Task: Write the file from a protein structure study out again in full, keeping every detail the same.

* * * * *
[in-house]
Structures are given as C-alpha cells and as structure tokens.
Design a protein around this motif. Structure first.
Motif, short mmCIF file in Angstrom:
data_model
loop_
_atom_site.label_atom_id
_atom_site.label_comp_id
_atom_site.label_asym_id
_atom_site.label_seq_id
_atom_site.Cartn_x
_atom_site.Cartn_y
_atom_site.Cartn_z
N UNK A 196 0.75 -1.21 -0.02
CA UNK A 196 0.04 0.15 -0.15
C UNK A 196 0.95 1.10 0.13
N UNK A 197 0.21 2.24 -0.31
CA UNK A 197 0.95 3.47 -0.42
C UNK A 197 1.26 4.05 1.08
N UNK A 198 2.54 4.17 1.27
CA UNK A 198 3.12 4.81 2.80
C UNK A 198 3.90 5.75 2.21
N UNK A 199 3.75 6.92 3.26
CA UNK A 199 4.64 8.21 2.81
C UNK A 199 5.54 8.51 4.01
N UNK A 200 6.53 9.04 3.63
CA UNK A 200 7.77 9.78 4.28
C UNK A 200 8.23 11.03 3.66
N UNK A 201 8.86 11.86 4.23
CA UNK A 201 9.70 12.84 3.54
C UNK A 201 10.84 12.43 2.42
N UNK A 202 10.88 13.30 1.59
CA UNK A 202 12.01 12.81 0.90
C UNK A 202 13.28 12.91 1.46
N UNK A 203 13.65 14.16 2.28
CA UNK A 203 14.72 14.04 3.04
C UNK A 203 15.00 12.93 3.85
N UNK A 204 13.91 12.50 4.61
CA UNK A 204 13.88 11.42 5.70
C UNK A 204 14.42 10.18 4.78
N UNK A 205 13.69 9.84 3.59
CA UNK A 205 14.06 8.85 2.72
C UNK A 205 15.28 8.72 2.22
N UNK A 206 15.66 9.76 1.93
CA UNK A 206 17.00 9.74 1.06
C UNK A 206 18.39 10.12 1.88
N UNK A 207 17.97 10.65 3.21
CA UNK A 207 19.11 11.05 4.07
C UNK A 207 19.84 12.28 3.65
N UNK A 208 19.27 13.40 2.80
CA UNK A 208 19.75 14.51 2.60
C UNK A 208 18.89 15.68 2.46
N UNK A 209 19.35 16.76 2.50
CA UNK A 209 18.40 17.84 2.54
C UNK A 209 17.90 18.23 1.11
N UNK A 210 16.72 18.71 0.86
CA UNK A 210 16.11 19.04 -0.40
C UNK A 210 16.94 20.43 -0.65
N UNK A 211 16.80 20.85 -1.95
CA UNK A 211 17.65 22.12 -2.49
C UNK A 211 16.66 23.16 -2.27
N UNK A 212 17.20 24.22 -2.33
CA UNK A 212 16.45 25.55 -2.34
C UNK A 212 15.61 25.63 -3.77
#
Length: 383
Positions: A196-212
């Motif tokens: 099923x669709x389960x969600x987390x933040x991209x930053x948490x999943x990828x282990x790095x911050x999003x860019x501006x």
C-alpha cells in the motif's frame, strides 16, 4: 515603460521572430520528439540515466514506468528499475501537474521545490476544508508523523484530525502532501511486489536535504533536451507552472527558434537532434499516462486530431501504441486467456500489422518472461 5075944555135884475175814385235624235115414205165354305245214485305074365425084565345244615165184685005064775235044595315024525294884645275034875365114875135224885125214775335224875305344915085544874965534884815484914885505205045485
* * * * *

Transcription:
[in-house]
Structures are given as C-alpha cells and as structure tokens.
Design a protein around this motif. Structure first.
Motif, short mmCIF file in Angstrom:
data_model
loop_
_atom_site.label_atom_id
_atom_site.label_comp_id
_atom_site.label_asym_id
_atom_site.label_seq_id
_atom_site.Cartn_x
_atom_site.Cartn_y
_atom_site.Cartn_z
N UNK A 196 0.75 -1.21 -0.02
CA UNK A 196 0.04 0.15 -0.15
C UNK A 196 0.95 1.10 0.13
N UNK A 197 0.21 2.24 -0.31
CA UNK A 197 0.95 3.47 -0.42
C UNK A 197 1.26 4.05 1.08
N UNK A 198 2.54 4.17 1.27
CA UNK A 198 3.12 4.81 2.80
C UNK A 198 3.90 5.75 2.21
N UNK A 199 3.75 6.92 3.26
CA UNK A 199 4.64 8.21 2.81
C UNK A 199 5.54 8.51 4.01
N UNK A 200 6.53 9.04 3.63
CA UNK A 200 7.77 9.78 4.28
C UNK A 200 8.23 11.03 3.66
N UNK A 201 8.86 11.86 4.23
CA UNK A 201 9.70 12.84 3.54
C UNK A 201 10.84 12.43 2.42
N UNK A 202 10.88 13.30 1.59
CA UNK A 202 12.01 12.81 0.90
C UNK A 202 13.28 12.91 1.46
N UNK A 203 13.65 14.16 2.28
CA UNK A 203 14.72 14.04 3.04
C UNK A 203 15.00 12.93 3.85
N UNK A 204 13.91 12.50 4.61
CA UNK A 204 13.88 11.42 5.70
C UNK A 204 14.42 10.18 4.78
N UNK A 205 13.69 9.84 3.59
CA UNK A 205 14.06 8.85 2.72
C UNK A 205 15.28 8.72 2.22
N UNK A 206 15.66 9.76 1.93
CA UNK A 206 17.00 9.74 1.06
C UNK A 206 18.39 10.12 1.88
N UNK A 207 17.97 10.65 3.21
CA UNK A 207 19.11 11.05 4.07
C UNK A 207 19.84 12.28 3.65
N UNK A 208 19.27 13.40 2.80
CA UNK A 208 19.75 14.51 2.60
C UNK A 208 18.89 15.68 2.46
N UNK A 209 19.35 16.76 2.50
CA UNK A 209 18.40 17.84 2.54
C UNK A 209 17.90 18.23 1.11
N UNK A 210 16.72 18.71 0.86
CA UNK A 210 16.11 19.04 -0.40
C UNK A 210 16.94 20.43 -0.65
N UNK A 211 16.80 20.85 -1.95
CA UNK A 211 17.65 22.12 -2.49
C UNK A 211 16.66 23.16 -2.27
N UNK A 212 17.20 24.22 -2.33
CA UNK A 212 16.45 25.55 -2.34
C UNK A 212 15.61 25.63 -3.77
#
Length: 383
Positions: A196-212
């Motif tokens: 099923x669709x389960x969600x987390x933040x991209x930053x948490x999943x990828x282990x790095x911050x999003x860019x501006x």
C-alpha cells in the motif's frame, strides 16, 4: 515603460521572430520528439540515466514506468528499475501537474521545490476544508508523523484530525502532501511486489536535504533536451507552472527558434537532434499516462486530431501504441486467456500489422518472461 5075944555135884475175814385235624235115414205165354305245214485305074365425084565345244615165184685005064775235044595315024525294884645275034875365114875135224885125214775335224875305344915085544874965534884815484914885505205045485